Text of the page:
A piece of Suffolk's rural heritage
is to be preserved after Babergh District Council decided to break
its own rules and award a grant.
The council is to give £500 towards restoring the wooden cowl
which tops the 16th-century grain drying kiln at W. A. Church's
seed store in Bures.
The cowl, designed to turn with the wind, came off its mountings
in the recent gales and needs to be realigned, while timber and
brickwork require restoration.
The firm also hopes to replace the small wooden model of a beer
barrel which once adorned the cowl's wind vane, signifying its former
role in the brewing trade.
The conical brick kiln, believed to date from around 1530, is one
of a group of buildings listed Grade II at W. A. Church's High Street
premises, a former maltings.There are three similar kilns in the
Babergh area, at Long Melford, Kersey and Little Waldingfield, but
the Bures building is unique in retaining its cowl.
It is also the only kiln in Suffolk still in regular use for the
purpose for which it was intended.
Babergh policy normally excludes
grant aid to privately-owned listed buildings, but in view of the
kiln's unique status the council voted to assist with the estimated
repair costs of £2,866.
Director Mr. John Ineson said the 450-year-old kiln was not a historical
curiosity but an important part of the firm's operations, doing
a job modern machines could not do.
Equipped with electric blowers in its base and a steel mesh floor,
the kiln remains the most efficient way of drying small seeds such
as turnip, kale and clover.
"For small seeds, where the germination temperature is important,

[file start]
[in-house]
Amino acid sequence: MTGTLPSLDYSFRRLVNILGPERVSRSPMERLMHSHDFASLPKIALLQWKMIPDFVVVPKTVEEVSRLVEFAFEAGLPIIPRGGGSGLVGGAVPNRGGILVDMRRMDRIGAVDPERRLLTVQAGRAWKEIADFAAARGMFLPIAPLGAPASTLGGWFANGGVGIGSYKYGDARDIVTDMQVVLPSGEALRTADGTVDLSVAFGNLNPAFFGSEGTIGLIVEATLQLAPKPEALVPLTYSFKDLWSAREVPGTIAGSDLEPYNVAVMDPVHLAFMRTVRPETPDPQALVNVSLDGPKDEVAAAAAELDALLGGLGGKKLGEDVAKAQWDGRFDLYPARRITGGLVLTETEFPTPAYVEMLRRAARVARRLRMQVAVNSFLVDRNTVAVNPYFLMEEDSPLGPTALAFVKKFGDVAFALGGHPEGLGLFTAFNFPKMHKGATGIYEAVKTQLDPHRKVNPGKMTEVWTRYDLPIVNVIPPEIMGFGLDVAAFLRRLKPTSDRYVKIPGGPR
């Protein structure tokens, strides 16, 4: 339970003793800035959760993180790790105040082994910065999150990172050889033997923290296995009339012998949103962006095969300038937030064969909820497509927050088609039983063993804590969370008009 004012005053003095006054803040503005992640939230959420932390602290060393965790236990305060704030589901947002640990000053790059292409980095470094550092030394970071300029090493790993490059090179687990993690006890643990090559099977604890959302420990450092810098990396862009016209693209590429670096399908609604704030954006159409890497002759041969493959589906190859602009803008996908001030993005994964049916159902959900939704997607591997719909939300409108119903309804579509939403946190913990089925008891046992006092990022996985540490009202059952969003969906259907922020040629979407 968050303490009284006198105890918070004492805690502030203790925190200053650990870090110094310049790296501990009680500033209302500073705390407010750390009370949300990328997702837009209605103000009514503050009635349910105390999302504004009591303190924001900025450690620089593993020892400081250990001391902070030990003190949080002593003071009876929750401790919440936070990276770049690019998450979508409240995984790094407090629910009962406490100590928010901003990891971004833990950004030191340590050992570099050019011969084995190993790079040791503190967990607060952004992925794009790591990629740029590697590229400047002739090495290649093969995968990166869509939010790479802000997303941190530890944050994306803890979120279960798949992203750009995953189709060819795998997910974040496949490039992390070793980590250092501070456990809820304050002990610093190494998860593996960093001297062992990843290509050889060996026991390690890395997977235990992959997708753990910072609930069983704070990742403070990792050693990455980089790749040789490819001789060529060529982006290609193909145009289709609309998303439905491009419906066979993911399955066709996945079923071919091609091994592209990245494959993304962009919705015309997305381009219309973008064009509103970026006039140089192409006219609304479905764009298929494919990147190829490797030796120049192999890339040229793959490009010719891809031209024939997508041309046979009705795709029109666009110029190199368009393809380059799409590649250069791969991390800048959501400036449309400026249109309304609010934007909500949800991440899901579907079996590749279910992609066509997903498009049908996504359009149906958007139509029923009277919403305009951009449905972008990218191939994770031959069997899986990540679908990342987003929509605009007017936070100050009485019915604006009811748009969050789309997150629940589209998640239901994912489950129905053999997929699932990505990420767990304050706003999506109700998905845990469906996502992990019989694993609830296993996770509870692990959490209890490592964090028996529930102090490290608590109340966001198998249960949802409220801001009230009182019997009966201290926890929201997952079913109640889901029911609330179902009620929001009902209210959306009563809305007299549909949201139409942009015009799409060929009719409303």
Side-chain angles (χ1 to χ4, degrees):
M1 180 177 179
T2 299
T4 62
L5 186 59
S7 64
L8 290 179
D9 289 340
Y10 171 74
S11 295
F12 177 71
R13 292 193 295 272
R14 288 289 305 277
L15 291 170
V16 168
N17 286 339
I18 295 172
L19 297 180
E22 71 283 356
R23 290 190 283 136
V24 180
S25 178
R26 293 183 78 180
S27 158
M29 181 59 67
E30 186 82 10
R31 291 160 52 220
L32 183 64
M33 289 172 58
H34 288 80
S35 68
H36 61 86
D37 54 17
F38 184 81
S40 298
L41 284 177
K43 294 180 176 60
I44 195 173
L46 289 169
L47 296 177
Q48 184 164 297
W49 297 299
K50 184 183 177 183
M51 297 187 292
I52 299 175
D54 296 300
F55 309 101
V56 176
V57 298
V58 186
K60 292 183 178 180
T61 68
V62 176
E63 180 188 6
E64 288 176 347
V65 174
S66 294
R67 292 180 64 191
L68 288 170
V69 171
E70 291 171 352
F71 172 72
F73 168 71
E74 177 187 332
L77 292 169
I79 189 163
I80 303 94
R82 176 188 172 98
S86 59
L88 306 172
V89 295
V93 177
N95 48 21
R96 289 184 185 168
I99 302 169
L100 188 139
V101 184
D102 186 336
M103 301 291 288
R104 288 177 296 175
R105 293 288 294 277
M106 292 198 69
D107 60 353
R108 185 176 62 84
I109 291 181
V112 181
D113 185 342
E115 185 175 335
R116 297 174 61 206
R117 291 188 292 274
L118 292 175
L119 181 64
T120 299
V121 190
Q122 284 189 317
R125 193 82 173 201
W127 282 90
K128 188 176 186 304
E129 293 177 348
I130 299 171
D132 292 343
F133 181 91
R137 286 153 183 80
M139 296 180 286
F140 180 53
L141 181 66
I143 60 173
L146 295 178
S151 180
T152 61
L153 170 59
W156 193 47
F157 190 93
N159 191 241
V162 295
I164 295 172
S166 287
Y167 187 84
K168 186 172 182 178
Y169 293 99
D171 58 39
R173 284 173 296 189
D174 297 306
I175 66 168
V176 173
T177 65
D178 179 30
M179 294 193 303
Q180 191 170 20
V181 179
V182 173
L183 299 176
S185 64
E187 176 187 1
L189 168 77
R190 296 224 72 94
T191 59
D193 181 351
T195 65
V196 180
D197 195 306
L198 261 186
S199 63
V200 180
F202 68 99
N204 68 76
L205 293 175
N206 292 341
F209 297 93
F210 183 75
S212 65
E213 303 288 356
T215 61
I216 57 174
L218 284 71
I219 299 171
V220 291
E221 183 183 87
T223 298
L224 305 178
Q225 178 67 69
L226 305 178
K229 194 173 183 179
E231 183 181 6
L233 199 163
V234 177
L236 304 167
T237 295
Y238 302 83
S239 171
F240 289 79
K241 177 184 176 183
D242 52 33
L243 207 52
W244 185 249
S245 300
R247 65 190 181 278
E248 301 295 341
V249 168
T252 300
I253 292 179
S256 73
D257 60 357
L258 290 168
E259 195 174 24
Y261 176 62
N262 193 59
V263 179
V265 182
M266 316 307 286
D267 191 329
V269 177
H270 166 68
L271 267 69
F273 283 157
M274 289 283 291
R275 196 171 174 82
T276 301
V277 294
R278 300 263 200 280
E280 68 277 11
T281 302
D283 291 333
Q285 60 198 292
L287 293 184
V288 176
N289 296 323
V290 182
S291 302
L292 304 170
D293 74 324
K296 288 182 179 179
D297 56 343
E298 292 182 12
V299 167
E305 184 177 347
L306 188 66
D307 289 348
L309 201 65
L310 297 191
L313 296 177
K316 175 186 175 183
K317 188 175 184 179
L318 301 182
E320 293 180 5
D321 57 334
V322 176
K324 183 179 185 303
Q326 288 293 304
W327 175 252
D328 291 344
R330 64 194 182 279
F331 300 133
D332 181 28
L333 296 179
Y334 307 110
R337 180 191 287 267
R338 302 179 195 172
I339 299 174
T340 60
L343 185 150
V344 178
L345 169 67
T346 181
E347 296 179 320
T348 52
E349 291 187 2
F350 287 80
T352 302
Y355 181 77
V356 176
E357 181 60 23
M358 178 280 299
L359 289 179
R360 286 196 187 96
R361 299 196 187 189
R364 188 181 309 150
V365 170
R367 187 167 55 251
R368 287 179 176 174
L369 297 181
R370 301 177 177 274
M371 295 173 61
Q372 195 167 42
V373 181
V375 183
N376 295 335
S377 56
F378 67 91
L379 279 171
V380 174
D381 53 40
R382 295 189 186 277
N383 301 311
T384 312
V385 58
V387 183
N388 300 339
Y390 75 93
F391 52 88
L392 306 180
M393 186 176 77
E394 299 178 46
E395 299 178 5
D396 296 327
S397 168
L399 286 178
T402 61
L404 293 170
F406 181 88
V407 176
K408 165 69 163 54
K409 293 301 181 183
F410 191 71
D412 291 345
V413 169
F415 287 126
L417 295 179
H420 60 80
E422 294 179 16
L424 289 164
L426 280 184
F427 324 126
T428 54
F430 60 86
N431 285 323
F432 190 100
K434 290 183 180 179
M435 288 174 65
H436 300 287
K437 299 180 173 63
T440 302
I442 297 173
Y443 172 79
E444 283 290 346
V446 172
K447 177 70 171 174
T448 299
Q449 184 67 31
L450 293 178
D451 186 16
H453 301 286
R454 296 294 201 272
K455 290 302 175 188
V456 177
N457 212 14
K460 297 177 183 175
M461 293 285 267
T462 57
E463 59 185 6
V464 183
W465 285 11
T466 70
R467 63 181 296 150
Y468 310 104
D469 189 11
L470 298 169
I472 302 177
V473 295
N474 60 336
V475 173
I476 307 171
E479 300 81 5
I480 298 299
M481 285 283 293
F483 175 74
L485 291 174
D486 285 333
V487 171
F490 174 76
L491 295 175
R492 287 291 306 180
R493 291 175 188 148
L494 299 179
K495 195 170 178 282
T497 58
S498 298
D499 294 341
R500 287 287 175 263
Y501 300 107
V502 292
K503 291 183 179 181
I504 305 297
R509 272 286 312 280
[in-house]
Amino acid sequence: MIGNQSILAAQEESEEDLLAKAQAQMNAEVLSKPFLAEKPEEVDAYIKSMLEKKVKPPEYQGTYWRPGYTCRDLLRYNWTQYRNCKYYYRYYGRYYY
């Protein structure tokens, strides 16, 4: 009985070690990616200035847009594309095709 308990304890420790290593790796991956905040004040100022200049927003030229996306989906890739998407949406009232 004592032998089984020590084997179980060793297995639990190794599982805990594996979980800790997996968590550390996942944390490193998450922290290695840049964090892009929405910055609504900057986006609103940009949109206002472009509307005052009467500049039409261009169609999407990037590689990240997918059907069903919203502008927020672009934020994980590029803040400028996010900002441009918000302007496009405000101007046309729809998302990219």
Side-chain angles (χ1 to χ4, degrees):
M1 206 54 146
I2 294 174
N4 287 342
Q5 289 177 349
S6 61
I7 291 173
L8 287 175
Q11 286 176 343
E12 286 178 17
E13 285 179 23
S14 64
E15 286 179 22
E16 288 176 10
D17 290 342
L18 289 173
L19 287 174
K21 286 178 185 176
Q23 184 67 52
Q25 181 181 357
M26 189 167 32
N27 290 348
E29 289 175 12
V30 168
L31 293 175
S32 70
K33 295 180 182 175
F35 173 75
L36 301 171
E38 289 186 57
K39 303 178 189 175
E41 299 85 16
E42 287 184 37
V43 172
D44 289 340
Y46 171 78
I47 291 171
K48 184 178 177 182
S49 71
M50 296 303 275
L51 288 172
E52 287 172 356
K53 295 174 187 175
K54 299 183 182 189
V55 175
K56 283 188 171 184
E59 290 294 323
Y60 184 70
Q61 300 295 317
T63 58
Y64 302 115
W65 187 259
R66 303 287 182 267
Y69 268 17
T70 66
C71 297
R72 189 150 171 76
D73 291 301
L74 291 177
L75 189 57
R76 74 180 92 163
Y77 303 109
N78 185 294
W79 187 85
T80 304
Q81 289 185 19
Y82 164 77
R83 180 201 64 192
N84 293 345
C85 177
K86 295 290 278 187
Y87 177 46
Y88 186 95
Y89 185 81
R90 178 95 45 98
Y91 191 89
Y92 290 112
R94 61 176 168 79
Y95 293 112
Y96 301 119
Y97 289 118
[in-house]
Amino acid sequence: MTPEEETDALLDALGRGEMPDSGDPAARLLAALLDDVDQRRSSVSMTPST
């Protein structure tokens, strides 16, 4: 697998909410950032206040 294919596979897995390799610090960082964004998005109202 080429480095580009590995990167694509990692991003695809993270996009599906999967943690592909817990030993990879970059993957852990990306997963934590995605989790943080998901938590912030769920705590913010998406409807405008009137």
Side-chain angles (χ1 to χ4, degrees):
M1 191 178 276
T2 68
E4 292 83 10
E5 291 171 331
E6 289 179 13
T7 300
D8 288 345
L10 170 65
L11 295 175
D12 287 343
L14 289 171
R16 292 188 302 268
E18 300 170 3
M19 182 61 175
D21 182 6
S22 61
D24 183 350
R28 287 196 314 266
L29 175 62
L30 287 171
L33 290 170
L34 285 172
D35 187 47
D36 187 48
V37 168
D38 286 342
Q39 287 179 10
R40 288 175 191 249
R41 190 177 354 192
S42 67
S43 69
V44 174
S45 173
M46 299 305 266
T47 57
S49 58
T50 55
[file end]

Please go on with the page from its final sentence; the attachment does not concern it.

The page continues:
you can dry them much more carefully with this," said Mr. Ineson.
"We've got modern electric driers at our other plant but for
some jobs the old-fashioned way is still the best."
As recently as the 1940s W. A. Church had three other kilns in Bures
but one blew down in a gale, another had to be demolished and a
third was remodelled to form another seed drying unit, but this
is the last surviving one still in use.~
Babergh planning officer Mr. Mike Crouch said the decision to go
against the council's normal policy was a response to exceptional
"We felt it was to W. A. Church's credit that they had been
prepared to retain the cowl for so long when there were more economic
ways of doing the job," he said.
"As the kiln's a bit of a local landmark and a feature of the
street scene we felt it was worth supporting in this case."
Text taken from EADT
MALTINGS COWL 2011
Cowl undergoing further restorationduring
21 years since its last repair.
Work completed at the end of September
Unfortunately, due to financial restraints no external grant was available
to assist in the funding of this restoration.
It is a credit to the Directors of Church`s to restore this feature,
so that we may once again enjoy the view of an original Cowl.
Note the beer barrel on the arm to remind
us this Kiln was once used as a Malting
For a more detailed information
on W. A. Church, visit their own web site at